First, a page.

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I previously had a raised flower bed in my back yard that was uninteresting and raised mostly weeds. I had wanted a small pond for some time, so I got started on the project. The pond was to have a main body with alcoves to place plants, a filter chamber, a cascade of filtered water and a short retaining wall to define the pond garden area.
I had a large pond at my previous house and it had several problems. For example, the filter was in a large garbage can and needed to be hidden from view; the pond filter pump was often difficult to prime; if a hose of the filter system sprang a leak, the filter pump would drain the entire pond; when the pond was being cleaned, there was no good place to put the fish; the course concrete walls often cracked and developed leaks; and bottom water often became stagnant. The pond design on this page includes a sunken filter chamber with a submersible pump fed from the bottom of the main pond through an outlet pipe that does not allow the filter to drain the whole pond. The filter chamber can act as a holding tank with aerated circulating water for fish during cleaning. The pond is reinforced concrete lined with stucco to minimize cracking.
The basic pond design includes main pond chamber 1 with water flowing from the pond bottom to the top of filter chamber 2 through pond outlet 3. Water flows through filter 4 by gravity to be picked up by submersible pump 5 and transferred through filtrate hose 6 to aerating cascade 7 and back to the main pond. The pond outlet 3 picks up the bottom water (lower in oxygen and higher in debris) and raises it up to the top of the filter. Notice that even if the filter runs dry, the pond will retain a water level at least to the top of the outlet tube.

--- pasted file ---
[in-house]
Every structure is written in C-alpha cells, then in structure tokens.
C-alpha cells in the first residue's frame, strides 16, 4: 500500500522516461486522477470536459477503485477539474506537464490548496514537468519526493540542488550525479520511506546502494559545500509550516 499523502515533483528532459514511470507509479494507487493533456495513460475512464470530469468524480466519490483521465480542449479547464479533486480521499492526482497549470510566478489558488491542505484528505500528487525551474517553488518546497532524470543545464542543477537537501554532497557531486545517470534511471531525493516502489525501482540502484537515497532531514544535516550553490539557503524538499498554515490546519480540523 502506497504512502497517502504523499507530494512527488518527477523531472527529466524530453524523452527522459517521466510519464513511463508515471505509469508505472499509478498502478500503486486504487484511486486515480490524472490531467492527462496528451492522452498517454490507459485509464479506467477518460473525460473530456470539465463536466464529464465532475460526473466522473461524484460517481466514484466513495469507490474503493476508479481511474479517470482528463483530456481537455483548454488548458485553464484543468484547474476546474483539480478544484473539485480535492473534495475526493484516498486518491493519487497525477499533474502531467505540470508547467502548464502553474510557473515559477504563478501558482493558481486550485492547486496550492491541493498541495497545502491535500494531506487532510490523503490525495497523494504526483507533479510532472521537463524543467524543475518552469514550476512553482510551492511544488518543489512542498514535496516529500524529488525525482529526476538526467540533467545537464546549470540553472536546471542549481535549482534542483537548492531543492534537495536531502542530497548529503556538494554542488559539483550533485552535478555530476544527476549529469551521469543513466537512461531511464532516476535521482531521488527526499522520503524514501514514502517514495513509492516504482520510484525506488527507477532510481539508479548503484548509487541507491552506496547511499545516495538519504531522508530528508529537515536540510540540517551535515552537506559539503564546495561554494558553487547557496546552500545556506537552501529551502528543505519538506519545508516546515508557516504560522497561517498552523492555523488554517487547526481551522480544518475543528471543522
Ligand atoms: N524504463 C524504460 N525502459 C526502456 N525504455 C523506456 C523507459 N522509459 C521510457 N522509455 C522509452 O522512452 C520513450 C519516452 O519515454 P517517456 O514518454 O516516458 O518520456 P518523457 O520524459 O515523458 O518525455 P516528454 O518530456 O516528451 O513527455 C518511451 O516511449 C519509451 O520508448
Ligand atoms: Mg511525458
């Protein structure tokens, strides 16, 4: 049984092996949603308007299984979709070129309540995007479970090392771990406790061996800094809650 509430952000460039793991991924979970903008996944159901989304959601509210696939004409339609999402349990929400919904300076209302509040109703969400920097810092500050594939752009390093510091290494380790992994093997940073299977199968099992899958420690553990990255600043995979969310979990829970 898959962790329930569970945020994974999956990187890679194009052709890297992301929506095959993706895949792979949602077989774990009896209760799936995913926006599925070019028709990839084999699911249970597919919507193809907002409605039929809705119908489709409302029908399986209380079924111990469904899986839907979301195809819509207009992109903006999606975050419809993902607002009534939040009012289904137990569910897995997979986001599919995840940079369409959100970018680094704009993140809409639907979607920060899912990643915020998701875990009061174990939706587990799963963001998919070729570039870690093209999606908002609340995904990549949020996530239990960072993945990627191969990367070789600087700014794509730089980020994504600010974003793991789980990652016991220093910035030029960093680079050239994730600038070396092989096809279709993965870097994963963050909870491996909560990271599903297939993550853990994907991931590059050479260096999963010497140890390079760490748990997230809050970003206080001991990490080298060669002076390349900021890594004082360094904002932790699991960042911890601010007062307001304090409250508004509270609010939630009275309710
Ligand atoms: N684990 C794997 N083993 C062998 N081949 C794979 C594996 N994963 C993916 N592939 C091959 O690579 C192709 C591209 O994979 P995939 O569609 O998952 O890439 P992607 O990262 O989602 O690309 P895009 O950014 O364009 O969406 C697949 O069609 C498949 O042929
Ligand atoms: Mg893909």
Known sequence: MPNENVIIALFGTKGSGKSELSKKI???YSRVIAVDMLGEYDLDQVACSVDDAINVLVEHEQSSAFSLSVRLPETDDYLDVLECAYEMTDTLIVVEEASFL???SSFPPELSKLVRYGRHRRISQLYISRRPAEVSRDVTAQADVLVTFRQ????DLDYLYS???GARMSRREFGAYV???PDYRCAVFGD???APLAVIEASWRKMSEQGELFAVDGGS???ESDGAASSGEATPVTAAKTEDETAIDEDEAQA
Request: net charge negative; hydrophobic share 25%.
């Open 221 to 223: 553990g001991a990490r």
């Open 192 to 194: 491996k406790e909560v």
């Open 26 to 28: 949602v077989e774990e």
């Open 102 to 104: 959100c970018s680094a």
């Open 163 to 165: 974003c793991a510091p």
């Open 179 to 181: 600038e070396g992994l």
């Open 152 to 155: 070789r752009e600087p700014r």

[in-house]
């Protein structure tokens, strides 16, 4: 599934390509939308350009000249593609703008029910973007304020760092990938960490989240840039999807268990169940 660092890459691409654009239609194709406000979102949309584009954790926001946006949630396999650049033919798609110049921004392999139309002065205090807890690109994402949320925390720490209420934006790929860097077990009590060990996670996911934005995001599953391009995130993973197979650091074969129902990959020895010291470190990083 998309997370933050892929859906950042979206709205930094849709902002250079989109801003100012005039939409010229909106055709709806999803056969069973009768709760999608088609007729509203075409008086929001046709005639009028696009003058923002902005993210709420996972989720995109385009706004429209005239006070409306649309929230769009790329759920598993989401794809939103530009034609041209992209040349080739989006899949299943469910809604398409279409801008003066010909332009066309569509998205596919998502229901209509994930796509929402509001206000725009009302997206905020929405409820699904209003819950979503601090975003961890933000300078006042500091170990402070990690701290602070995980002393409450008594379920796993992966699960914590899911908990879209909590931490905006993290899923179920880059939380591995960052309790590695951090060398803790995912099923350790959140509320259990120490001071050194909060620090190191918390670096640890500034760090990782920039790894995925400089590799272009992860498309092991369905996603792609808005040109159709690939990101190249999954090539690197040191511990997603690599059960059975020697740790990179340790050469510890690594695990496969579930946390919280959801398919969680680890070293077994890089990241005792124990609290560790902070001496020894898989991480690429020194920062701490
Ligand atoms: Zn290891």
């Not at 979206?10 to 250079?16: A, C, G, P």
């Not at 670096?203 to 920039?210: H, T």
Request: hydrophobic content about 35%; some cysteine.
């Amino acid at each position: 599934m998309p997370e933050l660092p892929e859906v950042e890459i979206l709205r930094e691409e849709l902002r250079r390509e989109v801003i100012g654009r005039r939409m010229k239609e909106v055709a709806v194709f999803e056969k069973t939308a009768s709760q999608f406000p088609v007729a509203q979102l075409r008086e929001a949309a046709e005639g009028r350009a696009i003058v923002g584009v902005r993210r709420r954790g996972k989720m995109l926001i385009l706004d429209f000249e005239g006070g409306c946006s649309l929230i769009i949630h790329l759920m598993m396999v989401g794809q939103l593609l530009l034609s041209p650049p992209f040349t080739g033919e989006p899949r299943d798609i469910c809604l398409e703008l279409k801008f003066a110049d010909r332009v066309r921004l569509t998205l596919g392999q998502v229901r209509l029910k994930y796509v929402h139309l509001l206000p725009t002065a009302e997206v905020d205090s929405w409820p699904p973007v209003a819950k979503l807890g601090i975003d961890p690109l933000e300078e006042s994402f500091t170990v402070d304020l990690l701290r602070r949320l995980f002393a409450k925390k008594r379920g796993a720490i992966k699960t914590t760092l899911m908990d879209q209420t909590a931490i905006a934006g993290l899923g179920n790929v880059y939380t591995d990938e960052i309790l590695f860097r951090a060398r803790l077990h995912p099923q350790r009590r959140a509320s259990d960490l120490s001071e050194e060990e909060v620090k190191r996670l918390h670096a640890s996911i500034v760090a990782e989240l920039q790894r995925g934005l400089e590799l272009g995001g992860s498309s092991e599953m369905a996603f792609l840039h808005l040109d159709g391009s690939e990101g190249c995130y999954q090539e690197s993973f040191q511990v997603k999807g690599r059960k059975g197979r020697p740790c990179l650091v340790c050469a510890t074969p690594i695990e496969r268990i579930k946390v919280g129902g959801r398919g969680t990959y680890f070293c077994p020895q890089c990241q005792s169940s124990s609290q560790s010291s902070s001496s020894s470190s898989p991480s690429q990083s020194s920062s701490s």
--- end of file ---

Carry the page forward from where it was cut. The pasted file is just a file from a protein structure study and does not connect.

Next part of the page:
The filter element is a commonly available 5-gallon plastic bucket with holes drilled in the bottom and half filled with a mixture of pea gravel and course sand. When I want to clean the filter media, all I have to do is pull out the filter element bucket by its handle and rinse the sand and gravel with a hose. The filter element bucket seats and seals in a ring made from the top part of an identical bucket, as shown below. The submersible pump sits in the bottom of the filter chamber, usually under water, so there is no problem with priming. Even if the filter becomes clogged, enough water drips down to keep the pump wet so it does not burn itself out. I have plenty of warning that the filter is getting clogged because bubbles start to appear in the filtrate stream (visible through the translucent silicone filtrate hose) when the filtrate flows slower than the pump flow.
The first step in building my pond was to provide a good foundation for a low retaining wall enclosing the pond environment. As shown below, the outside of the wall foundation was defined by forms I arranged in the shape I wanted. The inside of the foundation was defined by a wall of dirt from the old flower bed. I mixed the concrete from 60 pound sacks of dry mixed "Quickrete" and water in a wheel barrow. I retained the calla lily plant because it is so attractive and well suited to the pond environment. Next, I mortared retaining wall bricks to the foundation.
I dug a pit the general shape of the pond I desired. I made the pond fairly deep to discourage raccoons and egrets from eating the fish. My soil is black clay, so I could make steep walls of what ever shape I chose. I smoothed the walls and built up the edges with handfuls of wet mud. I routed a power line and garden water pipe along the back of the pond. I lined the mud pond with chicken (stucco) wire and concrete reinforcement mesh to support the concrete layer to be applied next.